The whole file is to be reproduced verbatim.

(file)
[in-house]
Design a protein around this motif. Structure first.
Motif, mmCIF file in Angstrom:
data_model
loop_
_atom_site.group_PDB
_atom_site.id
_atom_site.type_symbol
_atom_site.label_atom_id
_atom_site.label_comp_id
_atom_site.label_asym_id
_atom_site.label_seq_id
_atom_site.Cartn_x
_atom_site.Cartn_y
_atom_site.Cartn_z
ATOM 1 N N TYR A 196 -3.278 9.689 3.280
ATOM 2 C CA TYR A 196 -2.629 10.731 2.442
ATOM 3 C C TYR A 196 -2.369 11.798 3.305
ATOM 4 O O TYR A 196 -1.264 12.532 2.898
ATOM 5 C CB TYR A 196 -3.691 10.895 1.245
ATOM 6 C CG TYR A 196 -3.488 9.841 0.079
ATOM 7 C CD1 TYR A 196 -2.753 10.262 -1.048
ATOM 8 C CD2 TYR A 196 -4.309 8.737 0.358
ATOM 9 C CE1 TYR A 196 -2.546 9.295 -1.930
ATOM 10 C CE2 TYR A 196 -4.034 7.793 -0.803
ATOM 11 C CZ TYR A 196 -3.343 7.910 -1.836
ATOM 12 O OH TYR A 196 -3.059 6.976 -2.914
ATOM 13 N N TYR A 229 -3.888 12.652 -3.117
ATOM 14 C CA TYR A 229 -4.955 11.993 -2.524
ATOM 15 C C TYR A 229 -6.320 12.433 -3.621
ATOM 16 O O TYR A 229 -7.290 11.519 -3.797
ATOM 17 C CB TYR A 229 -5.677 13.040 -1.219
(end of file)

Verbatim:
[in-house]
Design a protein around this motif. Structure first.
Motif, mmCIF file in Angstrom:
data_model
loop_
_atom_site.group_PDB
_atom_site.id
_atom_site.type_symbol
_atom_site.label_atom_id
_atom_site.label_comp_id
_atom_site.label_asym_id
_atom_site.label_seq_id
_atom_site.Cartn_x
_atom_site.Cartn_y
_atom_site.Cartn_z
ATOM 1 N N TYR A 196 -3.278 9.689 3.280
ATOM 2 C CA TYR A 196 -2.629 10.731 2.442
ATOM 3 C C TYR A 196 -2.369 11.798 3.305
ATOM 4 O O TYR A 196 -1.264 12.532 2.898
ATOM 5 C CB TYR A 196 -3.691 10.895 1.245
ATOM 6 C CG TYR A 196 -3.488 9.841 0.079
ATOM 7 C CD1 TYR A 196 -2.753 10.262 -1.048
ATOM 8 C CD2 TYR A 196 -4.309 8.737 0.358
ATOM 9 C CE1 TYR A 196 -2.546 9.295 -1.930
ATOM 10 C CE2 TYR A 196 -4.034 7.793 -0.803
ATOM 11 C CZ TYR A 196 -3.343 7.910 -1.836
ATOM 12 O OH TYR A 196 -3.059 6.976 -2.914
ATOM 13 N N TYR A 229 -3.888 12.652 -3.117
ATOM 14 C CA TYR A 229 -4.955 11.993 -2.524
ATOM 15 C C TYR A 229 -6.320 12.433 -3.621
ATOM 16 O O TYR A 229 -7.290 11.519 -3.797
ATOM 17 C CB TYR A 229 -5.677 13.040 -1.219